I think it depends on how big and high. However you would be unwise to go for less than 15cm of top soil and 30cm of subsoil and ideally 25cm of top soil.
I would question brick rubble - if there are too many air spaces within it roots might not be able to explore for moisture. By definition heaped earth is free draining and drought will be a major constraint.
Vegetation is not that good at attenuating noise so the higher the bank to reflect noise the better. I notice ones around local housing estates are at least 2m high and 5m wide - but few private homeowners will be able to spare that much land.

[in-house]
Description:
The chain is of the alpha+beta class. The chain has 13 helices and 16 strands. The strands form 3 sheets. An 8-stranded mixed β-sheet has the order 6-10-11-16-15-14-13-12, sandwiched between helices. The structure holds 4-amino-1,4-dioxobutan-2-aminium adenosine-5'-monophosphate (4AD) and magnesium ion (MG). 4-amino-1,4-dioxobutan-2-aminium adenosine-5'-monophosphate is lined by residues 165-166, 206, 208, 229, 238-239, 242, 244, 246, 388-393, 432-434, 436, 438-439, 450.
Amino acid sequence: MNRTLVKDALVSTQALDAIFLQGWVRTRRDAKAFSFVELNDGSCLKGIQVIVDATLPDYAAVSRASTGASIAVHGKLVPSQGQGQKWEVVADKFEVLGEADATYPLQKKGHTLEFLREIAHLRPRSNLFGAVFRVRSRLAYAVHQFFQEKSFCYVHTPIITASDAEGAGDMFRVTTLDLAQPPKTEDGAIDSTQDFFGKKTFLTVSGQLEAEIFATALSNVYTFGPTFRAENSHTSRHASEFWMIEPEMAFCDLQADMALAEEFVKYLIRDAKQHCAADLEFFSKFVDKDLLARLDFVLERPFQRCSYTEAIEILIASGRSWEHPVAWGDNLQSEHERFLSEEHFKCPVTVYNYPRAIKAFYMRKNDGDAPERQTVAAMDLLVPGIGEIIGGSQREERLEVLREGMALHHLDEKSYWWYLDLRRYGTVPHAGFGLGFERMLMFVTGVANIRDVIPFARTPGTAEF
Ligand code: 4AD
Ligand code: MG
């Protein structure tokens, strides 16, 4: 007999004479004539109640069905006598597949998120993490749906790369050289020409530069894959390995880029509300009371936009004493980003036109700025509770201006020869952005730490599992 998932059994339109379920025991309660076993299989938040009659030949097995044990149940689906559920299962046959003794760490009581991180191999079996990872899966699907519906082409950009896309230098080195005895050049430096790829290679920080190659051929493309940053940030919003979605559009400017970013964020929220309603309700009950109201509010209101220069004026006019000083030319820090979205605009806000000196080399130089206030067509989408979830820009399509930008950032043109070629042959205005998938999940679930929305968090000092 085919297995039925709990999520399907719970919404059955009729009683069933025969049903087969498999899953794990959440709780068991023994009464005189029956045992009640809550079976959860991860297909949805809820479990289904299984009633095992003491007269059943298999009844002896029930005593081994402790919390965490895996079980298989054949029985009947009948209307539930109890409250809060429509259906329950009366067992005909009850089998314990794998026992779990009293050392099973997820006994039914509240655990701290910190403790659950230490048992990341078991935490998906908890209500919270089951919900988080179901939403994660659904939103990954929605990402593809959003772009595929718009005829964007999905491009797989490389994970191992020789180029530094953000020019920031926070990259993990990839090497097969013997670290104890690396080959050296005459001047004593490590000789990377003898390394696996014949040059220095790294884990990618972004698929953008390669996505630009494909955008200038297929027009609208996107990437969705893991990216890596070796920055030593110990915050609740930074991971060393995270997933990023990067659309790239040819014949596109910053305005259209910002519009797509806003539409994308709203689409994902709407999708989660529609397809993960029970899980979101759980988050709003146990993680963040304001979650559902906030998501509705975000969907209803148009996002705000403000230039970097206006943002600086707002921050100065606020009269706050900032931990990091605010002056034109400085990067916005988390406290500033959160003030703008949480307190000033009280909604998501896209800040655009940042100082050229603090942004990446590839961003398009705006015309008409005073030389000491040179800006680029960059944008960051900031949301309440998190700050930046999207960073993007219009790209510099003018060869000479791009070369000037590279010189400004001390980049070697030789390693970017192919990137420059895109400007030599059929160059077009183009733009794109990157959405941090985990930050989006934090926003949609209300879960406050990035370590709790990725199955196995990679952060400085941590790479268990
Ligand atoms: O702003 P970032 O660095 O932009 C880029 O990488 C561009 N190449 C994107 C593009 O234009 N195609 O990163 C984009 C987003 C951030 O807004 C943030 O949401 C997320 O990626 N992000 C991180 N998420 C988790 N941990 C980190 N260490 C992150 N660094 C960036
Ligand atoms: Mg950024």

It is noticeable how much noise increases after leaf fall on hedges adjoining roads so I suggest adding plenty of evergreens.
It is usual to use a fabric to retain the soil - either woven polypropylene or natural biodegradeable material. These will suppress weeds that can quickly stunt new plantings of woody plants.
It is also usual to plant numerous small, inexpensive, trees and shrubs called whips to get good groundcover quickly which will stablise soil. Later management might involve thinning out and coppicing to get the height and density you desire.
Naturally careful watering for at least two years after planting, is needed if plants are to get established.
Finally builders are seldom fit to be trusted in matters gardening and if significant expense is involved I suggest getting a horticultural professional to at least check the scheme on site - ones affilliated to BALI or APL are likely to be competant.
Beware the bat-eared bogweevil